Monday, July 25, 2011


That Summer in Sicily: A Love StoryThat Summer in Sicily: A Love Story by Marlena De Blasi

My rating: 4 of 5 stars

When I wrote about Ragusa's Castle of Donnafugata for Italy Magazine, several readers contacted me to say that it was the setting of this book. Sadly, that is not so but I am grateful to them for pointing the book out to me. As Marlena De Blasi states in an introductory note, Donnafugata is the name of several real and fictional properties in Sicily, most famously the one near Palermo in Tomasi di Lampedusa's The Leopard. However, De Blasi's tale is none the less fascinating for that:

In 1995, De Blasi travelled to the island with her Venetian husband to complete a journalistic assignment. For various reasons this work project did not come to fruition but one day, the couple stumble upon the Villa Donnafugata and there they meet the fascinating Tosca and the community of women over which she presides.

De Blasi's powers of description are superb and, although I live in Sicily, I felt transported to a world within my own world as she set the scene: I could almost smell the perfume of the gardens, feel the texture of the table linen and taste the feasts which the women prepare with ingredients that I have come to know so well. As a reader I often skip descriptive passages but here I did not want them to end.

As the couple become more and more drawn into their surroundings and the life of the Villa, Tosca decides to tell her story to the writer De Blasi and we are taken back to the Sicily of seventy years ago as the magnificent Tosca weaves the strands of her tale: poverty, riches, great love, crime, loss and a fateful journey to Palermo during which she finds both herself and her purpose in life.

But the story does not end here for there is a twist in the plot towards the end of the book which will have you weeping and jumping for joy at the same time.

I admit I couldn't put the book down and what else are summers for if not a little romantic indulgence? Is the story true? De Blasi says it is and the book is classified as a travel memoir. One thing I do know is that anything can happen in Sicily and, however much of it you believe, this is a jolly good yarn.

There is an interesting interview with Marlena De Blasi at the end of this edition and I would agree with much of what she says, but not with her assertion that "Sicily is not really Italy". Sicily is, if anything, an exaggeration of Italy and for me Barzini's words sum it up:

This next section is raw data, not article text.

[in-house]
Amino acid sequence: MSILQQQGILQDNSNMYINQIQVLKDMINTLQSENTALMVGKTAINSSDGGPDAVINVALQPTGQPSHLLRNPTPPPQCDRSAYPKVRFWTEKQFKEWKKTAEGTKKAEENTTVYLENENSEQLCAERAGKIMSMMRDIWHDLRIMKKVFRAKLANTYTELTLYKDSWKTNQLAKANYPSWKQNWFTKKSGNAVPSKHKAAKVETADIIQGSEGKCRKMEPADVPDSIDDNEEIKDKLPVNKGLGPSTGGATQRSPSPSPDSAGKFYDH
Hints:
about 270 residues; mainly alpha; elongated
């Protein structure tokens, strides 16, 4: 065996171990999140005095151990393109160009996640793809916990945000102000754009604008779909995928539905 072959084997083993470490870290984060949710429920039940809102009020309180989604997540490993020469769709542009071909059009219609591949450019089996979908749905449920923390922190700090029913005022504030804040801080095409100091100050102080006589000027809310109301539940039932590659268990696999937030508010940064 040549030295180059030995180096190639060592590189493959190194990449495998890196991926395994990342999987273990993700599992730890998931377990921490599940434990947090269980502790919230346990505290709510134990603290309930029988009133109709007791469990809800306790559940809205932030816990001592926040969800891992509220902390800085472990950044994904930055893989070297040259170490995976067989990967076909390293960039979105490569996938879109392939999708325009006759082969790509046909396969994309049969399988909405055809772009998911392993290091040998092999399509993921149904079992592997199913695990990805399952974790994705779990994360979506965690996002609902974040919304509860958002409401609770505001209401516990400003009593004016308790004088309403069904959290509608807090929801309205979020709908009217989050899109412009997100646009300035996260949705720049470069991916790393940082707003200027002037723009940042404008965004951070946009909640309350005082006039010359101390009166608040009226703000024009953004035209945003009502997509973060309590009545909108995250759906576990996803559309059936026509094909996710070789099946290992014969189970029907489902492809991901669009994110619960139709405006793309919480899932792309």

"Sicily is the schoolroom model of Italy for beginners, with every Italian quality and defect magnified, exasperated, and brightly coloured... Everywhere in Italy life is more or less slowed down by the exuberant intelligence of its inhabitants: in Sicily it is practically paralysed by it."

My guess is that Marlena De Blasi would agree with the second, but not the first, sentence of this quotation.

The Leopard

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My friend Patricia in California has also reviewed a Marlena De Blasi book recently.  Do take a look as I want to read this one too!


Patricia said... nice of you to mention by blog! I have also read this book by Marlena DiBlasi and I enjoyed it very much. I would also agree with your comments about Sicily. I say it is Italy in Technicolor! I love the intensity of it!

Saretta said...

Sounds like a great read. Just one Q, is it a novel or a true story?

Welshcakes Limoncello said...

My pleasure, Patricia. I enjoyed your review. Hi, Saretta. The author says it is true.

Weekend Yachtsman said...

WL, have you seen the wonderful film of The Leopard, directed by Visconti?

If not, do! It is sensationally good, and don't be put off by the fact that Burt Lancaster plays the lead - he is first-rate, and the dubbing is undetectable (I assume he didn't actually speak Sicilian dialect!).

The film is true to the book right down to the excerts from Verdi that are played by the town band when the family arrives at Donnafugata; except that it misses off the last two chapters.

The young Claudia Cardinale is pretty sensational too, but that may just be a man's particular point of view...

Can't recommend it highly enough.

Welshcakes Limoncello said...

Oh, yes, WY, I've seen it many times in both languages! I rather go for Burt myself.


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